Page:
As transiting Jupiter again activated her natal Mercury, Mitchell was putting the finishing touches on her novel. She completed the final revision on 22 January 1936, just in time for her Jupiter return. The book was published on 15 May 1936 and two days later–before the book was made available for sale to the general public–Hollywood producer David O. Selznick bought the film rights for the manuscript for $50,000, top dollar at the time. The book hit the shops on 30 June 1936 and by October that year had sold one million copies. The book had so changed her life that not only was Mitchell besieged by letters but she was unable to use public changing rooms because people kept opening the curtains to see what the now famous author looked like. In 1937, Mitchell won the Pulitzer Prize for her best selling book, just as the P. Sun contacted her IC. Mitchell had matured and quieted much by then and had long since left her flapper days behind. But whether she liked it or not, she was catapulted into fame.
With her progressed Lunar phase approaching Balsamic, Mitchell’s energy was winding down but her progressed Sun connected to Chiron in 1939. Mitchell, who had not actively sought fame, was about to have her private pain, her feelings and reflections for the Old South in the spotlight. The film would become the biggest selling movie of all time and it would defeat movies of that year such as The Wizard of Oz, Mr. Smith Goes to Washington and Good-bye Mr Chips at the Academy Awards.
With Neptune hovering over her ASC, Mitchell could hear the theme tune from Gone With the Wind for the first time along with the cast and other influential people on 15 December 1939. Atlanta rolled out the red carpet for the movie’s premiere at Loew’s Grand Theatre–for the white actors and actresses only. The Black actors, who included the Jazz singer Hattie McDaniel (“Mammy”) and Butterfly McQueen (“Prissy”) were subjected to the ludicrous segregation laws of the time.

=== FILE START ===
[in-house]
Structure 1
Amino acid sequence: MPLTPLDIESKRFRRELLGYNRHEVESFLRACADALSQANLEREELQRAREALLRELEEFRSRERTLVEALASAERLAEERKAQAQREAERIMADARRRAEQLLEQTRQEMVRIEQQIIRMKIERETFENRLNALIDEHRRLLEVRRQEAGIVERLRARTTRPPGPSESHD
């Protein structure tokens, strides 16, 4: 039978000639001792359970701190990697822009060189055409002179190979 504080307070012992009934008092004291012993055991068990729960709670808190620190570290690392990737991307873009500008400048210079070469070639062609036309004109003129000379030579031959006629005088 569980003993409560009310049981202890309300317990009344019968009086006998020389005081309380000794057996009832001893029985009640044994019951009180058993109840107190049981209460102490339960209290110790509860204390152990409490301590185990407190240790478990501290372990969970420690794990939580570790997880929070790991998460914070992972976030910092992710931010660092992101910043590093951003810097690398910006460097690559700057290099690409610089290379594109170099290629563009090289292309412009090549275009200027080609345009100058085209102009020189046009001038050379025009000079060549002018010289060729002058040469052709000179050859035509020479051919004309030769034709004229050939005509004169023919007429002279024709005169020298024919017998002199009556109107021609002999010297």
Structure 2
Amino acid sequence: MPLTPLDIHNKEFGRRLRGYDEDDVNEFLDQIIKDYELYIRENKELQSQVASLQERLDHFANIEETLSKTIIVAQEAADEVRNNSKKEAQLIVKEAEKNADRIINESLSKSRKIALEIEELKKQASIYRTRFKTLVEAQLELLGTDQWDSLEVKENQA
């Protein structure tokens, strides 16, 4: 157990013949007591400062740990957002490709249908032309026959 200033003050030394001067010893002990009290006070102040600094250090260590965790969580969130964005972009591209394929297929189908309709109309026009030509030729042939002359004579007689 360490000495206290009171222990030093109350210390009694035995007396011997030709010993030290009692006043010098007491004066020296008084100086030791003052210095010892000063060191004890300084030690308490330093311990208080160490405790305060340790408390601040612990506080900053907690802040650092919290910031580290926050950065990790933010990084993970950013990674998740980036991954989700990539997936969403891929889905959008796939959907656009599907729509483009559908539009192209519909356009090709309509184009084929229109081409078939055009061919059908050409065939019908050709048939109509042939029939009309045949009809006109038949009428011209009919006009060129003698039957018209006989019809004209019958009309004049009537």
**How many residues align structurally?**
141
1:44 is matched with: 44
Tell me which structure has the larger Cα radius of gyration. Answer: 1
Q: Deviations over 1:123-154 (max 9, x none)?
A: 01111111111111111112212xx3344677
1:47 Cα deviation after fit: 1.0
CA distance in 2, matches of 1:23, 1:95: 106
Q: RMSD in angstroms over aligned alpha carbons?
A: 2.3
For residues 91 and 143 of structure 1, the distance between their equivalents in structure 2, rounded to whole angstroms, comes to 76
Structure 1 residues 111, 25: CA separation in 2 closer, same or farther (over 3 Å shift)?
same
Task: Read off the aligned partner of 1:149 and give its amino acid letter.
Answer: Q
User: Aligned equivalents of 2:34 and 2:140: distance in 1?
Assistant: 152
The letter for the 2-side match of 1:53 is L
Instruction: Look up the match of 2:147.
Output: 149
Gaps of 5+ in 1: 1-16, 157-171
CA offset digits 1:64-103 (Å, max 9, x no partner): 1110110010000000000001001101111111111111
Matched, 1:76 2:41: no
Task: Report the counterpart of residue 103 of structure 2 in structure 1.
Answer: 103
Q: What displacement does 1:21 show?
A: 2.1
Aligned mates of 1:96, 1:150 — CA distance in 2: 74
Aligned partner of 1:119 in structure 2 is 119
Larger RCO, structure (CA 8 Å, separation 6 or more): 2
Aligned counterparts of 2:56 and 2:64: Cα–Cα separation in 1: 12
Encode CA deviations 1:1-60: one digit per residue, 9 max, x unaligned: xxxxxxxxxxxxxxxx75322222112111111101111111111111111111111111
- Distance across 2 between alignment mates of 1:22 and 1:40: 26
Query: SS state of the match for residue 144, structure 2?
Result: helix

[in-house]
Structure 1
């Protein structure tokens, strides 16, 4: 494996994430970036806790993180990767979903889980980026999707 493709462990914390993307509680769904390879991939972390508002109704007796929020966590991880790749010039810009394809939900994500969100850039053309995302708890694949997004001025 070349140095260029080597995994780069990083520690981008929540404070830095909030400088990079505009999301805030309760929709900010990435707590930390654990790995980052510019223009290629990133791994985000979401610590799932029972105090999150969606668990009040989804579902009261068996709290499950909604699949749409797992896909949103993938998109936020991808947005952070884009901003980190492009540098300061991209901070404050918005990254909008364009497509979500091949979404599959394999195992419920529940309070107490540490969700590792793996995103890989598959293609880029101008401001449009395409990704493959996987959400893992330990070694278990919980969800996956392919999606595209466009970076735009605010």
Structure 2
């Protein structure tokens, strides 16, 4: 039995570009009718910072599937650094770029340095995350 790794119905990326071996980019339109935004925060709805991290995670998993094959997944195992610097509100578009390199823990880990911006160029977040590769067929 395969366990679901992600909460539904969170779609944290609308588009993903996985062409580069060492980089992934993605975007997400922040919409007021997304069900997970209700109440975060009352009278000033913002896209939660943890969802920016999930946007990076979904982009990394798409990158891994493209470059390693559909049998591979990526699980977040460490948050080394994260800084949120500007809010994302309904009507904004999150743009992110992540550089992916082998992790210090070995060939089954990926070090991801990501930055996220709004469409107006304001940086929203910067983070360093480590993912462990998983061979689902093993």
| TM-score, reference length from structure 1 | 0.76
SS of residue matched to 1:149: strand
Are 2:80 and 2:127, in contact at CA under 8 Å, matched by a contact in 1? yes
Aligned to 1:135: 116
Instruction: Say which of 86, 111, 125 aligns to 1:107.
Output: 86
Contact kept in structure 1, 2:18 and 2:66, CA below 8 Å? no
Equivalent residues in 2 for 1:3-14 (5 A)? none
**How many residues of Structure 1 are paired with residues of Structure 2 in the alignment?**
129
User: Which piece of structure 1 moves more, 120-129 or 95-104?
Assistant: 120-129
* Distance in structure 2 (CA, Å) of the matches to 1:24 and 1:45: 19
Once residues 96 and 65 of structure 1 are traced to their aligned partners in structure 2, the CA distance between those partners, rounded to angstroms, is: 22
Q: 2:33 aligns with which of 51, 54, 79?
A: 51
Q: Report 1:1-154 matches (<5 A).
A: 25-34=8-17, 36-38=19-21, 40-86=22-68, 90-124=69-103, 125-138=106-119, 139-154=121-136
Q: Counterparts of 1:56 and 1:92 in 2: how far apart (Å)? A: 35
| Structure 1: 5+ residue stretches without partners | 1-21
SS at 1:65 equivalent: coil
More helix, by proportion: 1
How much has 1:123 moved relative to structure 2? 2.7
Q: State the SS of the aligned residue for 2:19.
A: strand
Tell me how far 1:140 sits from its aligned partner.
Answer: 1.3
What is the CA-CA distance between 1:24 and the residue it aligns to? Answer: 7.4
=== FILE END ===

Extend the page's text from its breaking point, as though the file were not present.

“. . .Selznick learned that southerners were second to none in their affection of Negroes ‘in what they regard as their proper place‘. Atlantans would warmly receive Hattie McDaniel and Oscar Polk (“Pork”) and the other actors–but they would not dine with them, invite them to their Junior League Ball in honour of the other Hollywood visitors or sit with them in an auditorium. And since the Grande Theatre was a white’s only theatre, McDaniel and the other black “guests” would have no dressing rooms, no proper place to enter and exit the theatre and no proper place to use the bathroom.”
Two different programs for the premiere. Note Hattie McDaniel is missing from the program on the left (bottom right of program)
Two different programs for the premiere. Note Hattie McDaniel is missing from the program on the left (bottom right of program)
If there is a small consolation then it must be that a young Martin Luther King sang in the boys choir as part of the evening’s entertainment–and Hattie McDaniel went on to win Best Supporting Actress at the Academy Awards, defeating the popular Olivia DeHavilland (“Melanie Wilkes”).
After the movie, with her progressed lunar phase now firmly Balsamic, Mitchell essentially rested on her laurels and wrote no more. She devoted her time to raising funds for the Red Cross and was also the anonymous benefactor of many college students. On 11 August 1949, Margaret Mitchell, who had been plagued by injury and illness throughout her life, was crossing a street near her home and was struck by a speeding taxi. She died of internal injuries several days later.
(1) Martin, Sarah Hines (2003), “More Than Petticoats: Remarkable Georgia Women” Guilford Connecticut, Two Dot, p. 193
(2) Spencer, Neil